Last week, we talked about primary fermentation and the role of yeast in turning that deliciously sweet grape juice into wine. But that’s not the end of the story.
Rob is also a big fan of a secondary fermentation called Malolactic fermentation (or MLF). While this bacterial fermentation occurs naturally for most red wines, it is also a handy tool in the production of some white wines.
Let’s find out why…
What is MLF?
Malolactic fermentation is a secondary bacterial fermentation which often occurs naturally after the completion of primary fermentation. It can also be induced by inoculation with a selected bacterial strain. Oenococcus oeni, a member of the lactic acid bacteria (LAB) family, and is the main bacterium responsible for conducting MLF. This strain is chosen due to its ability to survive the harsh conditions of wine (high alcohol, low pH and low nutrients) and its production of desirable wine sensory attributes.
MLF is crucial to microbiologically stabilise most red wines. MLF removes the malic acid in wine that can be a carbon source for yeast and bacterial growth, leading to spoilage, spritz and unwanted flavours.
MLF can also be conducted in some wines to influence wine style, which is what Rob like to do with our Fumé Blanc, Chardonnay and Rosé.
In addition to the important conversion of the harsh malic acid to softer lactic acid, MLF is associated with a broad range of other metabolic processes that impact on a wine’s sensory profile. Wine aroma and flavour are affected by volatile compounds, while non-volatile compounds influence the palate or mouth-feel of wine. Sensory terms such as ‘buttery’, ‘vanilla-like’, ‘nutty’, ‘spicy’, ‘fruity’, ‘vegetative’, ‘toasty’, ‘fuller’ and ‘rounded’ are used to describe MLF influences on wine.
You’ll definitely hear a few of these terms used when describing the Fumé, Chardy and Rosé!
Update from the winery
Chardonnay and the Fumé Blanc are both now in barrel, while they finish the last of the primary fermentation. The Fume is very nearly complete (with the Baumé now below zero), while the Chardonnay is still at around 2.2 Baumé at last check (on Wednesday).
Pinot Noir Rosé is at 1.6 Baumé. This fermentation has been nice and steady, which is exactly what a wine-maker hopes for. Rob expects that will continue right the way through to the completion.
Why does the ferment need to progress steadily?
If the fermentation happens too quickly, then the temperature of the ferment increases. High temeperatures can encourage oxidation, microbiological spoilage and instability. It can also deplete the desirable aroma and flavour compounds, as well as alcohol. Above 38 degrees celcius, the yeast becomes “sluggish” and the fermentation may become “stuck” with residual sugar.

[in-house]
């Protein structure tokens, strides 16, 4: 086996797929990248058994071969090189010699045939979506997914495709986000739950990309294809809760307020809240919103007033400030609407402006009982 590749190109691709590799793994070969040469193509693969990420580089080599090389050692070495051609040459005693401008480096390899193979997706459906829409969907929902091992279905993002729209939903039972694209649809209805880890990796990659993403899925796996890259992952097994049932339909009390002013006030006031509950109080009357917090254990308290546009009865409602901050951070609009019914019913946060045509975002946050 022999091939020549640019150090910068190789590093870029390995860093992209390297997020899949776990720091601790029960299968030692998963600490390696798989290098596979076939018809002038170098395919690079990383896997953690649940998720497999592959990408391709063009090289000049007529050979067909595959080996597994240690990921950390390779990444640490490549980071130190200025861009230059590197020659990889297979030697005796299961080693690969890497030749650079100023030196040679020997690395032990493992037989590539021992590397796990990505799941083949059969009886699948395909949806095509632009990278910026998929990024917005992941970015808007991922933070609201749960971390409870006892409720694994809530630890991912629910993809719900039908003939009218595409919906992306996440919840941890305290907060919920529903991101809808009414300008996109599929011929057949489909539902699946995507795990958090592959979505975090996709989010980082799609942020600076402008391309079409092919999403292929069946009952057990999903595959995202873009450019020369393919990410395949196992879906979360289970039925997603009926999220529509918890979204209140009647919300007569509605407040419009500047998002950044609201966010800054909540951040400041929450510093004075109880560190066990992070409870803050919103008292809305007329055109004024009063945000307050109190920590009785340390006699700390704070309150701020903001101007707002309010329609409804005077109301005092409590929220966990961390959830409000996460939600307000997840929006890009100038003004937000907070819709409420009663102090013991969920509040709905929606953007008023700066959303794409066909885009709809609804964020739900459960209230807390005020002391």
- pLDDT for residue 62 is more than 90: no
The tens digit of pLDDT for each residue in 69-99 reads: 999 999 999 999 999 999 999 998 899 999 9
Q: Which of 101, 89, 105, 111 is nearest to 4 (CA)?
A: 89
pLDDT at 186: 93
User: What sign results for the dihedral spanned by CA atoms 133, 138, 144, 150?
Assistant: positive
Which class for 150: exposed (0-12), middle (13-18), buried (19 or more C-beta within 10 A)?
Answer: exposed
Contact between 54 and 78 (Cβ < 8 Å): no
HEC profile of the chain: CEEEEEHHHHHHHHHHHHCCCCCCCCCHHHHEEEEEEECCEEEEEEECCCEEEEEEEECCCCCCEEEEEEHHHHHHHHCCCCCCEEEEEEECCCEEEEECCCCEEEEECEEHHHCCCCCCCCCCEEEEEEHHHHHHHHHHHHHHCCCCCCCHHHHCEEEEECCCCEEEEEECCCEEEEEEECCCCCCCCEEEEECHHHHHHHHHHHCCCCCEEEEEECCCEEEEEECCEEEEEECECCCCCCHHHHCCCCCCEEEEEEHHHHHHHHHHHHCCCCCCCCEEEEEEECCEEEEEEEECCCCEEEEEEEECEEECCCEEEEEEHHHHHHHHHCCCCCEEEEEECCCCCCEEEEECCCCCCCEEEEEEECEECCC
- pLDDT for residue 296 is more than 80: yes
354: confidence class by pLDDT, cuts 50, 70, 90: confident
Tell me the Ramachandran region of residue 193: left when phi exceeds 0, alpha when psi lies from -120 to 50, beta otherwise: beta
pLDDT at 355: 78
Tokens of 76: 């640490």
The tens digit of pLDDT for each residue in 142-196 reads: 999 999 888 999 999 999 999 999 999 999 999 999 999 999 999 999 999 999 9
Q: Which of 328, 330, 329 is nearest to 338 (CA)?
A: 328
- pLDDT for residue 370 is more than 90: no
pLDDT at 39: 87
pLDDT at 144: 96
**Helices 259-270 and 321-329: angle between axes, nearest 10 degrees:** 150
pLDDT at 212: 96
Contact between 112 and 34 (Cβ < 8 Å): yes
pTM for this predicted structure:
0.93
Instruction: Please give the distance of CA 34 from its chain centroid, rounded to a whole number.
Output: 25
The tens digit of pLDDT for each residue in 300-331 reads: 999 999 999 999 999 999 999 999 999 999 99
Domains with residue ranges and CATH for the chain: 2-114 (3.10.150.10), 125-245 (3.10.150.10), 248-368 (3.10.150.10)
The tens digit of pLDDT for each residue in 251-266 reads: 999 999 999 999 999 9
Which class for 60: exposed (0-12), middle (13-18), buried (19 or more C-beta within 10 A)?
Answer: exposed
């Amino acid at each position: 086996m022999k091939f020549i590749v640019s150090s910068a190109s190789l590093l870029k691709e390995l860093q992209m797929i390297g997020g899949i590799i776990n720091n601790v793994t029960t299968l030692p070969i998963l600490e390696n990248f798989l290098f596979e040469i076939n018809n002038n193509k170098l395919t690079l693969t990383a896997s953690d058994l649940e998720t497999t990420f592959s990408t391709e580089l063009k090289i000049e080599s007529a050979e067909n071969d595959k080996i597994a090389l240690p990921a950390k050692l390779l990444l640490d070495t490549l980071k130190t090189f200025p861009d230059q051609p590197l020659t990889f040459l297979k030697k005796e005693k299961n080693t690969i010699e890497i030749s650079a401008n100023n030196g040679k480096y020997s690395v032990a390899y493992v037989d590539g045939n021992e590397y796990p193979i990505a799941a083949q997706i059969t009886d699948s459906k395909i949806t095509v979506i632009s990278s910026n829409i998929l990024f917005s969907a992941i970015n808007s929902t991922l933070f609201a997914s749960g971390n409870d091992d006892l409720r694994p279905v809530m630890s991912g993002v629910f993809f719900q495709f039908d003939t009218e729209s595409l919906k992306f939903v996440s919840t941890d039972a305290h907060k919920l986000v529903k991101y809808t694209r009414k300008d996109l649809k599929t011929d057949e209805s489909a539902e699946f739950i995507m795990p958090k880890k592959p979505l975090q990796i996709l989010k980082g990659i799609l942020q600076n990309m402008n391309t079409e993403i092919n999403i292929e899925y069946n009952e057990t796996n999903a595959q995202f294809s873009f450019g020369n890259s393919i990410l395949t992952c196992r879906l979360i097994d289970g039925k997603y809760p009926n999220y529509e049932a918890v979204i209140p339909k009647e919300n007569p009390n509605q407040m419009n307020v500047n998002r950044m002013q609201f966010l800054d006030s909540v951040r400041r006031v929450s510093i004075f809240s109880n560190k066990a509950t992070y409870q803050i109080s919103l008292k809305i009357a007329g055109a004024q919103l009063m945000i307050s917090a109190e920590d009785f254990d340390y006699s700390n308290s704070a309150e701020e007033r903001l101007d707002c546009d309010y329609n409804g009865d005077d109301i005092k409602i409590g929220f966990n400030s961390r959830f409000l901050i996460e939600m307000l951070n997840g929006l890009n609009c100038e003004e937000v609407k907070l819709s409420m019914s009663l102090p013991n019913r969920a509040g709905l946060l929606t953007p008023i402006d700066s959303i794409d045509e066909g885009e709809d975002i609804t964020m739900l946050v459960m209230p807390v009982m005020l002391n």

With a slow fermentation, there is a risk that the fermentation process will stop altogether, with the colder temperatures killing the yeast. The only option then is to reinoculate the ferment with more yeast to start the process again. This also interferes with the aroma and flavour of the wine. Also, the risk of oxidation is very high.
(Source: Making Good Wine, B. Rankine)
Sauvignon Blanc in tank is slowing up a bit. At last check, the Baumé was at 1.1. It is still moving slowly though, so Rob’s not concerned that it will stop. He may need to give it a bit of a stir though, to get the yeast up off the bottom of the tank and doing what they’re supposed to do!
Pinot Noir dry red in barrel has finished fermentation. It is lovely and dry!
So, what happens next…?
All these wines (except for the Sauvignon Blanc in tank) will be inoculated with the malolactic bacteria to start the secondary fermentation. This won’t happen though until all the sugar in each of the wines has been fermented. This is because there is always a risk of acetic acid production when bacteria are added in the presence of sugar. Once the bacteria are added, it takes a while for them to get going. So watch this space!
“But I want to see (and taste) all of this in real life!”
Well, you can!
There are still a couple of seats left at our next tasting event on Sunday (April 8, 11am – 1.30pm)!
Meet Somerled’s Newest Wines: Rob Moody and the entertaining Hugh Armstrong pair up again, bringing you so much knowledge and behind the scenes secrets when it comes to winemaking. They’ll pour these in-process Somerled wines to hold up against our current vintages and – as always – will pour a special wine for you at the end with commentary from Rob! All presented with a sumptuous platter luncheon including Manchego, terrine, pate, crusty French loaves, locally churned butter and all manner of sides. $65pp includes luncheon, book here.